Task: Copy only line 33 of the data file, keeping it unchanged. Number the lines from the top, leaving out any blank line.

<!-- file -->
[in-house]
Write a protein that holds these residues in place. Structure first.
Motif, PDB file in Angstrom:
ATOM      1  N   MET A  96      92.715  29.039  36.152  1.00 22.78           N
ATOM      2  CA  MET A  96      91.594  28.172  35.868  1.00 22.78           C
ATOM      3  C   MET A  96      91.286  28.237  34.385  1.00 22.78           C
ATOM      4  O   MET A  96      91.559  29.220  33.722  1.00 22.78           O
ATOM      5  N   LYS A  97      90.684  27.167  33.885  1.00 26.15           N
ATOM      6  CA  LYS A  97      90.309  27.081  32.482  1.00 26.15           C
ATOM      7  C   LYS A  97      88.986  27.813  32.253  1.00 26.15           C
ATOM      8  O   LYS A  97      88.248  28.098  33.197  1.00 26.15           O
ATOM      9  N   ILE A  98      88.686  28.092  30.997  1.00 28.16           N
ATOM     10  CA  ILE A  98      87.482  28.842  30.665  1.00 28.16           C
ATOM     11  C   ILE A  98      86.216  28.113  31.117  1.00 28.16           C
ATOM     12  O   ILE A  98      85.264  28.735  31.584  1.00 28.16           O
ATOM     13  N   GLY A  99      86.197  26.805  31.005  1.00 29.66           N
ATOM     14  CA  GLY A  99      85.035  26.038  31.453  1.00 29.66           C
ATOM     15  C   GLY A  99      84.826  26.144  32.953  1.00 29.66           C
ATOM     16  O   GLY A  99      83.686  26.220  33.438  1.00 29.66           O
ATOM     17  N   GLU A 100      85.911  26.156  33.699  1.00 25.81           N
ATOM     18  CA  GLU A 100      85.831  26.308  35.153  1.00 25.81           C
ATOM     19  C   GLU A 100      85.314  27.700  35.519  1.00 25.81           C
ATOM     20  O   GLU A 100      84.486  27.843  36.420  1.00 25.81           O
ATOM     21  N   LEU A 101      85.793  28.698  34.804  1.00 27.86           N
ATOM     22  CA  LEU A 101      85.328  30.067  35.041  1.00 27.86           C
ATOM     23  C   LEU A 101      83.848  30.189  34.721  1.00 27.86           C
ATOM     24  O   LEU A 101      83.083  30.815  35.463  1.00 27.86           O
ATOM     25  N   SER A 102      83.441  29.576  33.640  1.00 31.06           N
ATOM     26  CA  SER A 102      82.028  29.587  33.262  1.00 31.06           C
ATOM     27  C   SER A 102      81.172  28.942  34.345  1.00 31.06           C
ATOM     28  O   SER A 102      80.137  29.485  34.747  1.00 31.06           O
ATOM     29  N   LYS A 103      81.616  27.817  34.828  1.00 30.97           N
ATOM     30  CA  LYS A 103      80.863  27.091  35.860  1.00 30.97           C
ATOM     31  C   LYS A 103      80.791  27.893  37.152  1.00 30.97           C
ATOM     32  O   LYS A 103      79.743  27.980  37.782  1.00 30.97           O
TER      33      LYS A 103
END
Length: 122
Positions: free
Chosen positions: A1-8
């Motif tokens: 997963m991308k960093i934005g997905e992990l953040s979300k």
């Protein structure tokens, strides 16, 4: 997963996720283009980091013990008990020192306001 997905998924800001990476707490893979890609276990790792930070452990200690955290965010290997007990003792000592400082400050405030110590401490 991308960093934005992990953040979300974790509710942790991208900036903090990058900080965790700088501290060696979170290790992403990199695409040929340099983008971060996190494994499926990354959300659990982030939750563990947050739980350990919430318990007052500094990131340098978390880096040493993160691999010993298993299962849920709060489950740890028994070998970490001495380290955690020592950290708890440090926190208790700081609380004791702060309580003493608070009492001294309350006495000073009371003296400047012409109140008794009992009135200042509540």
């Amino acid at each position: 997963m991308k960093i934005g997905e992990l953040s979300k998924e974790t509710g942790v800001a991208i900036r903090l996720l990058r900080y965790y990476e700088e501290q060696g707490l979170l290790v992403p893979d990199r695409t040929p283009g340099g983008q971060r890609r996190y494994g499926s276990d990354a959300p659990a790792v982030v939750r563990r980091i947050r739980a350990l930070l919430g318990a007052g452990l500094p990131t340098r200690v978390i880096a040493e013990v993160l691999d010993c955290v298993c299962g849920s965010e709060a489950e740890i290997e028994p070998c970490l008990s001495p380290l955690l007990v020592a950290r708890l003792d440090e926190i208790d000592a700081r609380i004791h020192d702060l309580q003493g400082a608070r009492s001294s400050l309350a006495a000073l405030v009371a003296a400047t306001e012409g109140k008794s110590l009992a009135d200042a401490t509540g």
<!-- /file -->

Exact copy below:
ATOM     30  CA  LYS A 103      80.863  27.091  35.860  1.00 30.97           C